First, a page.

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Iron Maiden bassist, Steve Harris, puts passion behind 'British Lion'

With the release of a new album, "The Burning" on January 17 (and a U.S. tour starting the next day), British Lion are well on their way showcasing all the right elements that make up a standout hard rock band. Recently, bassist Steve Harris (Iron Maiden) took some time with Goldmine to express his excitement about the new album by British Lion.
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By Patrick Prince

Steve Harris' name is practically synonymous with Heavy Metal, He is, after all, the founder, bassist and lead songwriter of one of the most popular metal bands on the planet, Iron Maiden. With Maiden on hiatus, Harris puts much of his energy behind his solo project, British Lion. Except it's not so much a solo project anymore. It might have started out as one but British Lion is now more of a functioning band; a group of dedicated musicians whose music would be more accurately categorized as classic rock than heavy metal. British Lion does not sound like Iron Maiden at all. But Maiden fans should take a liking to the band's hard rock style. After all, it is akin to the music Steve Harris grew up listening to: UFO, Thin Lizzy, Montrose and so on.

With the release of a new album, The Burning on January 17 (and a U.S. tour starting the next day), British Lion are well on their way showcasing all the right elements that make up a standout hard rock band. Not only does the music have a solid bass line to its backbone but the pipes of Richard Taylor demand attention, while the music thrives with the melodic guitar work of both David Hawkins and Grahame Leslie.

Recently, Steve Harris took some time with Goldmine to express his excitement about the new album by British Lion.

GOLDMINE:How do you feel the songwriting has evolved since the first British Lion album?

STEVE HARRIS: I think it's definitely evolved, and not only that, I think the band has evolved as a live thing, really, because before the first album we never really had done any live shows together. It was kind of a strange situation when we went out and played with that album, we just didn't know if we had an audience for it or not. Since then we've played every year as much as possible, with what time allows — obviously I have Maiden and all that — but we've done European tours and Canada and South America for the first time. So we've evolved as a band and that reflected in the songs, I think, and even in the songs from the first album as well. We're going to put out a live album as soon as we get the chance, to show what the band's doing with those songs and (how) they've become a little different than how we recorded them. It's much more representative now if you come see the band live, even the songs from the first album sound different. It's still the same essence of the actual song itself but the way we play 'em and execute the songs, it's more how we are now.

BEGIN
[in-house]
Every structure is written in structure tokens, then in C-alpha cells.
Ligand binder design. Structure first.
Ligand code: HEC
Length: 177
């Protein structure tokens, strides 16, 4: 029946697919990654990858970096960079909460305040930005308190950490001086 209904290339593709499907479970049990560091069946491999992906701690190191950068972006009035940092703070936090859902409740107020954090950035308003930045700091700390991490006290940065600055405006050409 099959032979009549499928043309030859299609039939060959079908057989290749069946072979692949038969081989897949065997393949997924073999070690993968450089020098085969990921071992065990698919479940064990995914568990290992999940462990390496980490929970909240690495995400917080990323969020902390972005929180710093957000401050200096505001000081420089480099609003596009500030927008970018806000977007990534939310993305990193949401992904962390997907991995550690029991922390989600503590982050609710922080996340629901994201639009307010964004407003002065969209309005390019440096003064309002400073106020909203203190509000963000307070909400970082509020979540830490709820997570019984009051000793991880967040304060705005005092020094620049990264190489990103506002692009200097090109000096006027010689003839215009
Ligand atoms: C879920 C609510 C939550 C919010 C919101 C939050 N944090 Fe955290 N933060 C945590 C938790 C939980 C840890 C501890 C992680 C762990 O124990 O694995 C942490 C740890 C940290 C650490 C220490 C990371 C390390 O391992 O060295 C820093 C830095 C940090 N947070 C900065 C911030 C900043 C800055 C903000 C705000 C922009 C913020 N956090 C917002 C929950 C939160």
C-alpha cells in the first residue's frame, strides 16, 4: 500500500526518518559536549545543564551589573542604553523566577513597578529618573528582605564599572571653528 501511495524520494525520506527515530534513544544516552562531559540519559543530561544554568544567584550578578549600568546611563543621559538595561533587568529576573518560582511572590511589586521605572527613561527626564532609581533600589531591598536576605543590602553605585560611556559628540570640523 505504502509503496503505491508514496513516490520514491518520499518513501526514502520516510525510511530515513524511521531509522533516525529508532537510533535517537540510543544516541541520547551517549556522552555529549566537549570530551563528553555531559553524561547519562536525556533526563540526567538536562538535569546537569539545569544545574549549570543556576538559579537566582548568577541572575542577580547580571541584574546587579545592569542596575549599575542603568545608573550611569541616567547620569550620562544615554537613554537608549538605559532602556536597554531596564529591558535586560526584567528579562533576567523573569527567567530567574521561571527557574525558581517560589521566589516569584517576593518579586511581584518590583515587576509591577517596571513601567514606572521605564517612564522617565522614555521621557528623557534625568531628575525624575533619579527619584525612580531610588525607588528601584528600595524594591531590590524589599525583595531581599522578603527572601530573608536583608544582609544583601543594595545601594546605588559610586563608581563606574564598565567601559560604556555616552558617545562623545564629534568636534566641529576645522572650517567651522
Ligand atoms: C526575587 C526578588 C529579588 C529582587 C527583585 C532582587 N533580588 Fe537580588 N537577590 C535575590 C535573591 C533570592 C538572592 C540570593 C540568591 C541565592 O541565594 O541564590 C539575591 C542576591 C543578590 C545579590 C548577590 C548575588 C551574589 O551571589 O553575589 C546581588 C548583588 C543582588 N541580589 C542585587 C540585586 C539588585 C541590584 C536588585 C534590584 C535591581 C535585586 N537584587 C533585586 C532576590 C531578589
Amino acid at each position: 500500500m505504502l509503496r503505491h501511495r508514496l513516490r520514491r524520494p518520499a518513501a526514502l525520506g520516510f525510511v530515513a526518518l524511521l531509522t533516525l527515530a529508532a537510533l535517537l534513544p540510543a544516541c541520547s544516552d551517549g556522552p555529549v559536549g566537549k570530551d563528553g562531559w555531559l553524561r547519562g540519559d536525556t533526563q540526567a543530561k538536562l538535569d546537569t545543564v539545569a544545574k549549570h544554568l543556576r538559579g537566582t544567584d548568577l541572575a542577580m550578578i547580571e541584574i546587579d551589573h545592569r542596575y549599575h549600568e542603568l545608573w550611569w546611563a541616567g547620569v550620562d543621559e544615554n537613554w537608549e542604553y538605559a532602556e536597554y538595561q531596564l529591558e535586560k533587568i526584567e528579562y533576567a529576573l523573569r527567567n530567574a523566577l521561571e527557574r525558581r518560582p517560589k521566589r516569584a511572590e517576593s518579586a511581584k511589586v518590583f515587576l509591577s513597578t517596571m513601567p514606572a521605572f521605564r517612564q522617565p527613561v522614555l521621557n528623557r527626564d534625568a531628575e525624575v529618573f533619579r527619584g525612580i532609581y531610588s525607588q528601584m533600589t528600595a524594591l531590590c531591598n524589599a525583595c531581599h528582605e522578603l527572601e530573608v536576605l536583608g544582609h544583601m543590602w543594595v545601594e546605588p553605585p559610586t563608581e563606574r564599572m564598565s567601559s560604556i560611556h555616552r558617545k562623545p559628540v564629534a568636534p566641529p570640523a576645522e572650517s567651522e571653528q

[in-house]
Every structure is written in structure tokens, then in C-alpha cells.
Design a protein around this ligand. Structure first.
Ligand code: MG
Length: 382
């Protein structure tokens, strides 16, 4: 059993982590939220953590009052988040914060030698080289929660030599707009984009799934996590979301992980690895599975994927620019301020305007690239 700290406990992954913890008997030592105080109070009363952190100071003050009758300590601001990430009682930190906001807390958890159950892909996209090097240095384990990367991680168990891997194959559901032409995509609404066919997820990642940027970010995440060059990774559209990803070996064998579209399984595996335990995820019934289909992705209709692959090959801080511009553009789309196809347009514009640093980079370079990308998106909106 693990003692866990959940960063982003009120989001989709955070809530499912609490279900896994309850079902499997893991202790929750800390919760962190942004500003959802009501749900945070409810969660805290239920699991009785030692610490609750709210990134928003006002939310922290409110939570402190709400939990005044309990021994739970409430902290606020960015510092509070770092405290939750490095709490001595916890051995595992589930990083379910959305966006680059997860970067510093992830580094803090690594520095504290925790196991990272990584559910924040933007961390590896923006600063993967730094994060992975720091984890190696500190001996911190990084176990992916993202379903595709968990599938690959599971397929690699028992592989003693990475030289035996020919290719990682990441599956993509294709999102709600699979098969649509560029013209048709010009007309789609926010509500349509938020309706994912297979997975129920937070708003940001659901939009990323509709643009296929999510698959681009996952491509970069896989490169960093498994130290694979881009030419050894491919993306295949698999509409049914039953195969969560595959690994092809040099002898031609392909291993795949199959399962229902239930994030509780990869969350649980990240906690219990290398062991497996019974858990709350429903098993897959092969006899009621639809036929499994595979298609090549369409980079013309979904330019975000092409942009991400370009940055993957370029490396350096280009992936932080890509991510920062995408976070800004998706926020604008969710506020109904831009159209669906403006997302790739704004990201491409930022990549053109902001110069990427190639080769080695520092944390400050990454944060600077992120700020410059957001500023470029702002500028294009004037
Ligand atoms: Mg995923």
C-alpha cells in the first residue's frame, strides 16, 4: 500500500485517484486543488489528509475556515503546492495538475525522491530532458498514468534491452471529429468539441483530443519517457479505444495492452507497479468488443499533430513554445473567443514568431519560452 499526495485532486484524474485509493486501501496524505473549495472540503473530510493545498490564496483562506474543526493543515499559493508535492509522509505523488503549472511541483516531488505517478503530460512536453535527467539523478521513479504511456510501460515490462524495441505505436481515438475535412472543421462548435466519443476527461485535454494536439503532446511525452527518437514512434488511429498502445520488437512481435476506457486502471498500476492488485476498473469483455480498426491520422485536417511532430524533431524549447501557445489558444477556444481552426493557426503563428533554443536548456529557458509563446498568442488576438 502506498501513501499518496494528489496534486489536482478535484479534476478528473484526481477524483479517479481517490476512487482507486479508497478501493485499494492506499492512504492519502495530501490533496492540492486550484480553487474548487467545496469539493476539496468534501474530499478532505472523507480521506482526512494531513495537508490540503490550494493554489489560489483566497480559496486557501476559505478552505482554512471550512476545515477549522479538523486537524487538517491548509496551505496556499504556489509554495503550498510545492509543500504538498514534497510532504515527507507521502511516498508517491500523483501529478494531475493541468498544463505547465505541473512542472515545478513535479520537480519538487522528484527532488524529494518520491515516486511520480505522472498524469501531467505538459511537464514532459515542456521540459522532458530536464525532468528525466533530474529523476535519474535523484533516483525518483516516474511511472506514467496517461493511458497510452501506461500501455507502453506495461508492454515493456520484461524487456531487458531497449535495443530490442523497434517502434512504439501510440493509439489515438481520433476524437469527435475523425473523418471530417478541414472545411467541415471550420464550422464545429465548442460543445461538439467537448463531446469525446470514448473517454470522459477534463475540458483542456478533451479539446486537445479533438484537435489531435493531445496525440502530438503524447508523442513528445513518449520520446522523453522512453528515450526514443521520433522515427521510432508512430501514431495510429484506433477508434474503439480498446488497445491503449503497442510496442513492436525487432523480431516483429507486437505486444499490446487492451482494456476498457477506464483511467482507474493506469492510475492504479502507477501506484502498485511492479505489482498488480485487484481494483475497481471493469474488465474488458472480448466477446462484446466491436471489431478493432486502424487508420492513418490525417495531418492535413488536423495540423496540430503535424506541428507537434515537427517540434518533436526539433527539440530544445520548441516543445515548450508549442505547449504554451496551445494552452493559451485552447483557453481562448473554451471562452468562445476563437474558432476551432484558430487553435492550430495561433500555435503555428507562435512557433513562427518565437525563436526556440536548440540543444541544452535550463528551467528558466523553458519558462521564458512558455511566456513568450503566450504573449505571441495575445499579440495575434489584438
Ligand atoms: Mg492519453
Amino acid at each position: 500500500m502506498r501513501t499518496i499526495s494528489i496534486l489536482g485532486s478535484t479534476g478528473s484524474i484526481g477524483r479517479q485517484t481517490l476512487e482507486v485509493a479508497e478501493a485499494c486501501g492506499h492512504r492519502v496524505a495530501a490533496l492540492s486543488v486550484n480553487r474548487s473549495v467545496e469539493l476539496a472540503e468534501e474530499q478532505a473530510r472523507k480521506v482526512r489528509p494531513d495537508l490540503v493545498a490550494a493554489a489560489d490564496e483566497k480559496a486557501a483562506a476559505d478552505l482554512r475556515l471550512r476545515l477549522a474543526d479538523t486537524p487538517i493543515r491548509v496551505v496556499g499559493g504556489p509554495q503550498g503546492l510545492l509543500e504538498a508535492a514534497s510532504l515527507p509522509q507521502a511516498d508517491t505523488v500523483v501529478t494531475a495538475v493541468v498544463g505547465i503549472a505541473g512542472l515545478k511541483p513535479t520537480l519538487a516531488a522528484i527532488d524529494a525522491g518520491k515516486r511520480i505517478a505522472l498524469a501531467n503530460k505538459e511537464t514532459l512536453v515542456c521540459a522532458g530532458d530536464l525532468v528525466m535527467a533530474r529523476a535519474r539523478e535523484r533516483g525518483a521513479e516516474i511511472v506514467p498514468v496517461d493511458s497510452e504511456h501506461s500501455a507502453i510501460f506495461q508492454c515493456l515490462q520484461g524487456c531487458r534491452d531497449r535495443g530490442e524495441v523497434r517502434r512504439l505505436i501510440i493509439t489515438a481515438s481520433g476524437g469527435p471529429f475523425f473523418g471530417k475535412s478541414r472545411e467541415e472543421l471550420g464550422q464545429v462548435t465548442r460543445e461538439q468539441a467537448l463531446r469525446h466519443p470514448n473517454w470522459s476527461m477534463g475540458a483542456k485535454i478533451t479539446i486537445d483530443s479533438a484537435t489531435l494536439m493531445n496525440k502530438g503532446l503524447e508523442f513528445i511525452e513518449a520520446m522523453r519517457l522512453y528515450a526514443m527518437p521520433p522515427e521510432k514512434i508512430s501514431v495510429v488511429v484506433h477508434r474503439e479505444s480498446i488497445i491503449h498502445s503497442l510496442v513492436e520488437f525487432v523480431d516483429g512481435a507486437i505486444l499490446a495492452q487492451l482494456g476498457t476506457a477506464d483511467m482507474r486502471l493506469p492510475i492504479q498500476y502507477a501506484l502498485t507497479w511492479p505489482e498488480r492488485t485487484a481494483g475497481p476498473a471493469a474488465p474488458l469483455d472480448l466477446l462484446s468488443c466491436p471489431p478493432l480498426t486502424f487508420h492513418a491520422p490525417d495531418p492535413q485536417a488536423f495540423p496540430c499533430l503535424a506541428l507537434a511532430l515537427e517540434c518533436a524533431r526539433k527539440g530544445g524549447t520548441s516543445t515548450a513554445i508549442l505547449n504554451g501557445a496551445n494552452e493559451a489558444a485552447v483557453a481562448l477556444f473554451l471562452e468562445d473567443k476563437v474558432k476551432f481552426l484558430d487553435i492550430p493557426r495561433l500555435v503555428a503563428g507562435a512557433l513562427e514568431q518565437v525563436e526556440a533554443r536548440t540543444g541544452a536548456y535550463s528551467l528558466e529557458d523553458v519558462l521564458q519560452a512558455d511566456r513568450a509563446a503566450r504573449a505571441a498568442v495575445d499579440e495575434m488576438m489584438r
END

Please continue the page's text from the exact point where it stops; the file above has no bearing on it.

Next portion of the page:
GM:Sometimes that's where a band finds itself — while performing live.

SH: Yeah, it evolves naturally, without pushing anything one way or the other. It just evolves when you're playing live together.

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GM:You were involved with all the songwriting on the last album. Is it the same situation here with the new album?

SH: Yeah, it's pretty much the same between me, Richie Taylor and Dave Hawkins, and Grahame (Leslie) doing a little bit as well. This album is maybe more led by the other guys, really, coming with ideas first of all and then kind of taking it from there. But it's the same nucleus, really.

GM:Did you trade digital files back and forth during the course of the songwriting?

SH: We have done in the past. Not so much with this album. This album was more in the studio, more together as you're used to recording. The first album was a little bit different. But this album was much more like I prefer to record as a band, and I think that also shows.

GM:You've always taken lyrical influence from literary works or film. Did that also happen here on this album?

SH: Not as much, because lyrics on this album were more driven by Richie, the singer, really. A lot of the topics are driven by more personal experiences. It's a little different.

GM:You did emphasize that the first album stand by its name and be British or British-sounding.

SH: Yeah, well, also the first album was down as me and called British Lion. It developed into a band so now it's called British Lion. It moved across a few years ago fairly quickly into a band where it's about the rest of the guys as much as me.

GM:Some state it as your solo albums even though it's really now a band project.